Tuesday, August 2, 2011

Ambidextriosity

Inigo: "You are wonderful."
Man in Black: "Thank you; I've worked hard to become so."
Inigo: "I admit it, you are better than I am."
Man in Black: "Then why are you smiling?"
Inigo: "Because I know something you don't know."
Man in Black: "And what is that?"
Inigo: "I...am not left-handed."
[Moves his sword to his right hand and gains an advantage]
Man in Black: "You are amazing."
Inigo: "I ought to be, after 20 years."
Man in Black: "Oh, there's something I ought to tell you."
Inigo: "Tell me."
Man in Black: "I'm not left-handed either."

As you can see, a really excellent swordsman can change from using right to left hands at will. They basically make themselves ambidextrous, which must come in handy when you're chasing down the kidnappers who stole your true love and intend to kill her to start a war between Florin and Guilder.

Being ambidextrous also comes in handy when you have carpal tunnel syndrome from playing the cello, and are in so much pain you can't write with your right hand. So luckily, I who have this unfortunate problem was able to switch to my left hand last year when the pain was the worst and still take notes. Typing was a challenge, but the qwerty keyboard is constructed so that you can hit 80% of the keys with your left hand anyway.

This genetic quirk also made me a useful player in soccer, as I could kick with the left foot about as well as the right. They always need strong left-footed kickers on the left side of the field, whether in offense or defense. You think left vs. right foot doesn't make a difference? Take a soccer ball and try it out.

Also, during light-saber battles with my cousin, brother, and various friends, I always use my left hand. I don't know why, but the left feels more comfortable than the right when I'm holding a sword. Or a stick. Or a plastic light-saber. Whatever. I'm planning to join the fencing team at school next year -- they train you for a semester or so, and let you join if you're good enough.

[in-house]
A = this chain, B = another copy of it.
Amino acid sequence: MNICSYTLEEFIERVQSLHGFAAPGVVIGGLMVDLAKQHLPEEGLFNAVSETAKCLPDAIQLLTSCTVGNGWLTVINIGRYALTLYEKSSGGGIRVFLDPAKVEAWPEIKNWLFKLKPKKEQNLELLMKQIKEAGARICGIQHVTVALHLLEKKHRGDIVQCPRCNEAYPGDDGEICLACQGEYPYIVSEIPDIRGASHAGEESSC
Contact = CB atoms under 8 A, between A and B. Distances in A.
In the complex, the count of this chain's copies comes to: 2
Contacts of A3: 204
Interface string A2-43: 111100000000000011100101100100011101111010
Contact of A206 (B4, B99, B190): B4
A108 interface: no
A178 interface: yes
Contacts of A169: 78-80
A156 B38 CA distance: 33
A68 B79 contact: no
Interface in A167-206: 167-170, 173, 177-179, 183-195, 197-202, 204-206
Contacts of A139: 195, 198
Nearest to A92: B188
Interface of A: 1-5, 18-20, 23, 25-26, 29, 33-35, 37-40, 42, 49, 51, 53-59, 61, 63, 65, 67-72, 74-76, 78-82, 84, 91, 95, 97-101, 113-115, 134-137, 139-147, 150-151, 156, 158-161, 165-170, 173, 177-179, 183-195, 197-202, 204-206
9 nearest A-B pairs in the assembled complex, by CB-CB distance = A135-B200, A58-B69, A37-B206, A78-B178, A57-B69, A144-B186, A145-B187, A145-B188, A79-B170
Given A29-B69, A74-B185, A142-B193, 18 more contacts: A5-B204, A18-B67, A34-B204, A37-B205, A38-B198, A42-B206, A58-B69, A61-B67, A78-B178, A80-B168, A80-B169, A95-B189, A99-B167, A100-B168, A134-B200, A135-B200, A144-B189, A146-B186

I hope they won't react badly to a left-handed fencer -- because I know if I have to use my right hand, my carpal tunnel will kill me. It's already limited my future as a cellist; at this point, there is no way I would be physically able to practice enough to be a music major. Fortunately, I'm only a music minor. This was my decision, but having it forced -- or rather, reinforced -- by something largely outside of my control is unpleasant. To say the least. Before, I always had the option: it was my choice. Now, even though I didn't intend to be a music major anyway, the loss of that choice has been surprisingly hard.

On the upside, it's given me an excuse to snap at my mom whenever she brings up her opinions on my college and life choices.

Now, no one is truly ambidextrous; there's always one hand that is slightly stronger or that the person favors. I favor my right for writing, but my left for almost everything else. I once heard that left-handedness used to be seen as a sign that a child was a changeling.

Me: I know something you don't know.
Man in Black: What?
Me: I'm not right-handed! (or maybe, Oh crap, I am left-handed...)


In other news, I updated my Writing page to include two new reviews. You should go check them out. :)

4 comments:

  1. I always wished I was ambidextrous but sadly I am but a lowly right-handed person. Sad day. I think left-handed fencing is going to throw your opponents for a loop and that will be awesome!

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  2. I agree with Judy on the fencing. :) I always wished I was ambidextrous so when I'm writing something out by hand and one hand gets tired, I can just switch.

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  3. It certainly is a convenient skill! I do that all the time...:) Since most people are right handed, though, appliances, cars, mouses etc. favor right-handed-ness.

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